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> From: Paul Prescod [mailto:email@example.com]
> BTW, in the last few weeks of argument here I'm yet to hear an inspired
> argument in favor of SOAP. Anyone here think it's great? Really
> inspired? Wonderful?
I think most folks in the SOAP community just want something that works. I
don't think too many have any strong philosophical attachment to the current
way of doing things. They are just trying to get a job done.
> That's kind of interesting to me. If SOAP had been invented by a couple
> of smart programmers and published as a spec, what kind of user pull
> would there be for it?
Well, there seems to be a healthy and thriving XML-RPC community out there.
I remember a project I worked on a couple of years ago -- integrating a
legacy mainframe app with the web -- where we defined an XML messaging
protocol to wrap the mainframe interface, and it ended up looking quite a
bit like SOAP. When I started here at Allegis, they had already defined an
XML messaging approach that looked quite a bit like SOAP (which was not out,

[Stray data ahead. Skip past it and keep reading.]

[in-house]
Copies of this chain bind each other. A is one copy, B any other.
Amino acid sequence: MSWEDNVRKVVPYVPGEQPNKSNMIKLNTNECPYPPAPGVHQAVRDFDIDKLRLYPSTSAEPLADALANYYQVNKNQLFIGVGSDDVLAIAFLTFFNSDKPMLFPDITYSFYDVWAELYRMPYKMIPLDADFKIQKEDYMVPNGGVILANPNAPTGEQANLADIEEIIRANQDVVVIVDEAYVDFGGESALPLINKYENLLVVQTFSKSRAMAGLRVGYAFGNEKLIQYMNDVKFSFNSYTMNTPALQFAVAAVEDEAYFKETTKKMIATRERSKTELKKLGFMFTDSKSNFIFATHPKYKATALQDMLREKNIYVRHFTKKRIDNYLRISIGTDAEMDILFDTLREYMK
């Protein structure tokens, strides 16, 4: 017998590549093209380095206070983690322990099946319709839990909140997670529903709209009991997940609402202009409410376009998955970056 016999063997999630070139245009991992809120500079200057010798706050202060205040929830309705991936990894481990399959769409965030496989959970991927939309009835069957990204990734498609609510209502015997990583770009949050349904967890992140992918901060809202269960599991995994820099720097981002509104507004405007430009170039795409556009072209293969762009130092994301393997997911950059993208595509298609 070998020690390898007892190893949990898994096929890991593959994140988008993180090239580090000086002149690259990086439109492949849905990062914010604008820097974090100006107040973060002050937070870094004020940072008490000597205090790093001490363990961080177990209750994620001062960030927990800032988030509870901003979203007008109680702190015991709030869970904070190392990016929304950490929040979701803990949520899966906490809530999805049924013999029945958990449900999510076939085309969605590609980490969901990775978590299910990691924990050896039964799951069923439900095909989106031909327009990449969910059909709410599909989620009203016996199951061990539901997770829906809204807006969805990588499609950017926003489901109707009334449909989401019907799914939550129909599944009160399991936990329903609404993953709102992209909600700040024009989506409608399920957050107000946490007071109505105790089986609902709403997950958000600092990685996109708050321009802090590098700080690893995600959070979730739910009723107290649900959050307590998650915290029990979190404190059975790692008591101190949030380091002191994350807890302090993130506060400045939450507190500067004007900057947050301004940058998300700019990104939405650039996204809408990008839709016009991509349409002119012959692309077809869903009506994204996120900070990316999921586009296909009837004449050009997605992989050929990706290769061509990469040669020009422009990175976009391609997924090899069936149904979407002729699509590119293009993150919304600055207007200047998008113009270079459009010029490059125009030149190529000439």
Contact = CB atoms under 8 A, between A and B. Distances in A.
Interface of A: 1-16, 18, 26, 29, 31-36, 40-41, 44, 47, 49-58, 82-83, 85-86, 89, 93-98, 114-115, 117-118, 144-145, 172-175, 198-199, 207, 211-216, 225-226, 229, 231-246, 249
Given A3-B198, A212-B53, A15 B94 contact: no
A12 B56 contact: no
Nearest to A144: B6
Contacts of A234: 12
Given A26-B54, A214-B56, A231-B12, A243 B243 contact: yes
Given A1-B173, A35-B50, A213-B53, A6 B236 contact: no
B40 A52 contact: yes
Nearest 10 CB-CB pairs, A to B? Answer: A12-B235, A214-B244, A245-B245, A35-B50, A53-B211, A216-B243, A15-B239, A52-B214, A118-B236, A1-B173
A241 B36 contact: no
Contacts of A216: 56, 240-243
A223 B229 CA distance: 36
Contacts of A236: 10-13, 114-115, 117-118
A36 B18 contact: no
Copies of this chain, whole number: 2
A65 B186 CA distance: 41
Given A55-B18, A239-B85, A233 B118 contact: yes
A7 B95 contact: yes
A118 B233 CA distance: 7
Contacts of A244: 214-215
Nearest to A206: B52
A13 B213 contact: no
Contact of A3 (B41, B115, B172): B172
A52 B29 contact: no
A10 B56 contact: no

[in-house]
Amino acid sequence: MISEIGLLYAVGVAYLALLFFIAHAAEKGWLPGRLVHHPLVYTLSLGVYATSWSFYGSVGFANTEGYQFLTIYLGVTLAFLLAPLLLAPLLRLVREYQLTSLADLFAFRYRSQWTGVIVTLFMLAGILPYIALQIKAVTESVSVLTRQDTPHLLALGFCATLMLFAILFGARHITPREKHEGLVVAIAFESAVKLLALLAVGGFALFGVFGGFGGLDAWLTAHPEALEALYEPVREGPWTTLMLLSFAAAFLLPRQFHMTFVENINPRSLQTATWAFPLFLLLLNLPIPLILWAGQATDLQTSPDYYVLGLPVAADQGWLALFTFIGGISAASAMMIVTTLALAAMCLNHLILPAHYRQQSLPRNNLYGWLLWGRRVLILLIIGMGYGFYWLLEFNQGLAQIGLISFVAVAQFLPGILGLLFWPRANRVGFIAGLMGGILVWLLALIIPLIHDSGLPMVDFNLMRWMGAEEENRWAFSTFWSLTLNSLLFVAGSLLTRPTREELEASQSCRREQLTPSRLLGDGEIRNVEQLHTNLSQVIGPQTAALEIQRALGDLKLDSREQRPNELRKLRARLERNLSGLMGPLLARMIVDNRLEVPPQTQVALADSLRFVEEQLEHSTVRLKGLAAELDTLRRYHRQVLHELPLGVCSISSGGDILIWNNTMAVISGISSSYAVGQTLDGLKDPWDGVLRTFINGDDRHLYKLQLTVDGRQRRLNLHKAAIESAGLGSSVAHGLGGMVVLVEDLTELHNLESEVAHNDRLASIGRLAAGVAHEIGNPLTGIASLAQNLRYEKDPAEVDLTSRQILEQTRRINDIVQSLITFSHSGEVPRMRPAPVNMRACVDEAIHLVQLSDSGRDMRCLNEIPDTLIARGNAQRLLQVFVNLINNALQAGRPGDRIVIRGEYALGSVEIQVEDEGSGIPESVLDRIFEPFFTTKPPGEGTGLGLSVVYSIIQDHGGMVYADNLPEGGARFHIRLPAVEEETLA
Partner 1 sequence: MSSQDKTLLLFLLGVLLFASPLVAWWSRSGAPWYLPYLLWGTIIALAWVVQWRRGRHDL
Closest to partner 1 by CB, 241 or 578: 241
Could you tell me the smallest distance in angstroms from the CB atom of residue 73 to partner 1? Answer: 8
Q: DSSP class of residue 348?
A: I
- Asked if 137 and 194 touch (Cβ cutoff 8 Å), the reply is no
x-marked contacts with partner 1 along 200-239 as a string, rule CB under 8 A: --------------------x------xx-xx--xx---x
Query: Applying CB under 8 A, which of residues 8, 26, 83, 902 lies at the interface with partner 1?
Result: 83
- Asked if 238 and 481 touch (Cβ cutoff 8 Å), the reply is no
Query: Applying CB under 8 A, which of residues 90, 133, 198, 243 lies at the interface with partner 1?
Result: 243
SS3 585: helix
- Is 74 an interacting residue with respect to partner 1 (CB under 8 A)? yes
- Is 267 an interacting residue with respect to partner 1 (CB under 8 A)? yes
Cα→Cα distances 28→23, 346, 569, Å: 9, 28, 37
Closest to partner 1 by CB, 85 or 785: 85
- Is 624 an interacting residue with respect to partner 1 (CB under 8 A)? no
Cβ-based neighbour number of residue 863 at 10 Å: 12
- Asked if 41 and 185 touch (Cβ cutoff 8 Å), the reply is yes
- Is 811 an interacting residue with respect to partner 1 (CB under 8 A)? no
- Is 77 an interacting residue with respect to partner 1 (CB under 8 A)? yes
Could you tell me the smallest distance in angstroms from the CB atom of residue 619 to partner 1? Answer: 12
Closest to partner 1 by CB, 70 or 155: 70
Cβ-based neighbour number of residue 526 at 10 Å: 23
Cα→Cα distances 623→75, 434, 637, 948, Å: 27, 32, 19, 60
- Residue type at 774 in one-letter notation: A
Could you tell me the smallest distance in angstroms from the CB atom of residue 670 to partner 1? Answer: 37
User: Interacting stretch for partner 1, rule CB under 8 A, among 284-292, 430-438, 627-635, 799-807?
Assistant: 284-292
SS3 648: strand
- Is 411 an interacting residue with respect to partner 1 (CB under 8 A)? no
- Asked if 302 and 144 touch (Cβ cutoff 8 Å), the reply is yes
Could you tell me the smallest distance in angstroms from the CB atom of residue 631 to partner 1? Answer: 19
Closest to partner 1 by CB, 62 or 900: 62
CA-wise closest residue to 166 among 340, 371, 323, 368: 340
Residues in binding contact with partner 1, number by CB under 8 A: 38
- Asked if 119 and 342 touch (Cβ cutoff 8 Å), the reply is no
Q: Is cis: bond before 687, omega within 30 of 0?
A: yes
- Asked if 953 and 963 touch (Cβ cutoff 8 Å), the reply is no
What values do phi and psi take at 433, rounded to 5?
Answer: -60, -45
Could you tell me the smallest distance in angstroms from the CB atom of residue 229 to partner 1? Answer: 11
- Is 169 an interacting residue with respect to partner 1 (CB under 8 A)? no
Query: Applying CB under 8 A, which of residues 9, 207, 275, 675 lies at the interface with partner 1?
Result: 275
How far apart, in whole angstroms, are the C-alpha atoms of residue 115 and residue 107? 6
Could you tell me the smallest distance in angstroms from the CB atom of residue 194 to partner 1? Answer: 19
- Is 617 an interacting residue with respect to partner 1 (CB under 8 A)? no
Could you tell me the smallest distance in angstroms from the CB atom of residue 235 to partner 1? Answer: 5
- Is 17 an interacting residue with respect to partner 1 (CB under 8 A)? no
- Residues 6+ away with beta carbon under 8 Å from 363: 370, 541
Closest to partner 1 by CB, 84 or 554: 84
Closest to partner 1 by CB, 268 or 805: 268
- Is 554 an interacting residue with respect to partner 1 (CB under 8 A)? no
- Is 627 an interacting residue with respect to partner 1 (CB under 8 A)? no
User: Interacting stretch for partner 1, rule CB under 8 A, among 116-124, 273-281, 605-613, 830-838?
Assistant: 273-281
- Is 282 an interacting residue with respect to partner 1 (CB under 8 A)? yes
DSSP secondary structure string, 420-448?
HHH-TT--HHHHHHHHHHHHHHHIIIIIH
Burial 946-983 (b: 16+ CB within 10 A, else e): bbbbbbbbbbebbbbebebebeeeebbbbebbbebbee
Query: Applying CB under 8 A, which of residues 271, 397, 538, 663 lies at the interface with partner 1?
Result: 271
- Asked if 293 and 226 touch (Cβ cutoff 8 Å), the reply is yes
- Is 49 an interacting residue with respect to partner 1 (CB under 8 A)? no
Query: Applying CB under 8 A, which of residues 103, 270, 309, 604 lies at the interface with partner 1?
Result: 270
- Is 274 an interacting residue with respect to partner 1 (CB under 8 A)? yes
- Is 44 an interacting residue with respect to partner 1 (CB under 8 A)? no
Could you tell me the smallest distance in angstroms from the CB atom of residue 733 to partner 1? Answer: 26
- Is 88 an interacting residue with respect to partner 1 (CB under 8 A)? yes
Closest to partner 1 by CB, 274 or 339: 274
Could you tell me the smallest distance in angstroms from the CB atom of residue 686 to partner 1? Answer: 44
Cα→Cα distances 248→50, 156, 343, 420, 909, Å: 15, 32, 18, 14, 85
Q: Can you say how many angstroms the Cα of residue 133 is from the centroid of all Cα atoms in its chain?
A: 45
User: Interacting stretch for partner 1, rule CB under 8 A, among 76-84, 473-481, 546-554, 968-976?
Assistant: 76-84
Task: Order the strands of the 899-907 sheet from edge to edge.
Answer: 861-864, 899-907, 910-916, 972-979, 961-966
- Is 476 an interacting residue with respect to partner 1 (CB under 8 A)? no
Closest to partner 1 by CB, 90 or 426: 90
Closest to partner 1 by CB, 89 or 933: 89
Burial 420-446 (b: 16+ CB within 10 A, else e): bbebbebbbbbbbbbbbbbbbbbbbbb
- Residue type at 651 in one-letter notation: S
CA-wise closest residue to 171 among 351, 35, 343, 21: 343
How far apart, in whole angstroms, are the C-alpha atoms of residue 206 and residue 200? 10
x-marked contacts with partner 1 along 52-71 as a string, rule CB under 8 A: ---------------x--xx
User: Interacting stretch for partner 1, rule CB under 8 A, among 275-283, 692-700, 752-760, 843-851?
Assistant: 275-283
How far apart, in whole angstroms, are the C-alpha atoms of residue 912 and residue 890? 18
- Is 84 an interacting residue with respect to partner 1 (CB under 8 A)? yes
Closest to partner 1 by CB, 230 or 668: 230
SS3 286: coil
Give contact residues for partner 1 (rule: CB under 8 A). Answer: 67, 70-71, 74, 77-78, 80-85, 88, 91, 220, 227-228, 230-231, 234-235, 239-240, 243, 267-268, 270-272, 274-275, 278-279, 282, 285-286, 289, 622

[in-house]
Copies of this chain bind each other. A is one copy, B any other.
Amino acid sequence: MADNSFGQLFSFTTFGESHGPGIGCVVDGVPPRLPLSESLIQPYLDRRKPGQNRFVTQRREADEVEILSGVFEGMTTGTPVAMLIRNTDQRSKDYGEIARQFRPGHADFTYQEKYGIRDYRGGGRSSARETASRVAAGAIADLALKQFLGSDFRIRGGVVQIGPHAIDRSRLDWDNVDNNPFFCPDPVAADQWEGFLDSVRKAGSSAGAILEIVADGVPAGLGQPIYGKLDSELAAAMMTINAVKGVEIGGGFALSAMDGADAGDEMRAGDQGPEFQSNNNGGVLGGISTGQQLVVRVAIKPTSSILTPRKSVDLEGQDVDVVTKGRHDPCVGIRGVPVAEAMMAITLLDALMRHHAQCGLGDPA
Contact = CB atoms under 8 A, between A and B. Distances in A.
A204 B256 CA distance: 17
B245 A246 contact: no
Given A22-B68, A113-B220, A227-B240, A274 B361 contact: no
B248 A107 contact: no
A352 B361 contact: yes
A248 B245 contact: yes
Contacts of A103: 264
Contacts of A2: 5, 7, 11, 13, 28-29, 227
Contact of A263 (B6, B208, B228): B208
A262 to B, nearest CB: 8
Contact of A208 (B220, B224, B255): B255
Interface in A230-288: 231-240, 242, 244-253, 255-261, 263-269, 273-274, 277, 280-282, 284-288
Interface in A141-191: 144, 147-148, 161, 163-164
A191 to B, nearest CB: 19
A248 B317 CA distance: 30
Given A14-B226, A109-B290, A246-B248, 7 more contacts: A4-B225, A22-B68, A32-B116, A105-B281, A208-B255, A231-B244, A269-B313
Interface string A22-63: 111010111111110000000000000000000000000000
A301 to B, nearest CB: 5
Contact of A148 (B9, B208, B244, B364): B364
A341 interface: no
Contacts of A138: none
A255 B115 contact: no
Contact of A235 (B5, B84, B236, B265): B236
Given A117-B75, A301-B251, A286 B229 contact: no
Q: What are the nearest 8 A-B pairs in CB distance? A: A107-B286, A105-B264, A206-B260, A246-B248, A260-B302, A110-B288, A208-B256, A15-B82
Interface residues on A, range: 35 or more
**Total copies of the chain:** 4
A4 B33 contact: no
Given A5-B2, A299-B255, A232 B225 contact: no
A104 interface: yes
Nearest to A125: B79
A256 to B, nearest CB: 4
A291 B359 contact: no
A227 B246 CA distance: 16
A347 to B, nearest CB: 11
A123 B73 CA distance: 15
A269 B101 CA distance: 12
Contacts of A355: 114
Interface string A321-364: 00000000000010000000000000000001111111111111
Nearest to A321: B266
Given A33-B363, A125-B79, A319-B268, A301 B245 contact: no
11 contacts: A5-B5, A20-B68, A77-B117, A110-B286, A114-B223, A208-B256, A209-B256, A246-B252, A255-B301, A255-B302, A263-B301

yet, when they came up with it).
There wouldn't be quite the media hoopla out there were it not for IBM and
Microsoft pushing it so hard, but it -- or something very much like it --
definitely would be out there and in use, because it's useful and the
approach it adopted is a very natural progression for those doing web
applications. At least it was natural for me, even before I had heard of
"SOAP". Maybe if I had been aware of REST I would have adopted a different
approach. But as someone who has done procedural and OO programming for many
years, who had experience with distributed systems, who had made the
progression to doing web apps using ASP, JSP, servlets, etc., I naturally
drifted to a SOAP-like model, as did other developers I've worked with. So I
have no doubt that we would have something very much like SOAP even if
Microsoft and IBM had never jumped on the bandwagon.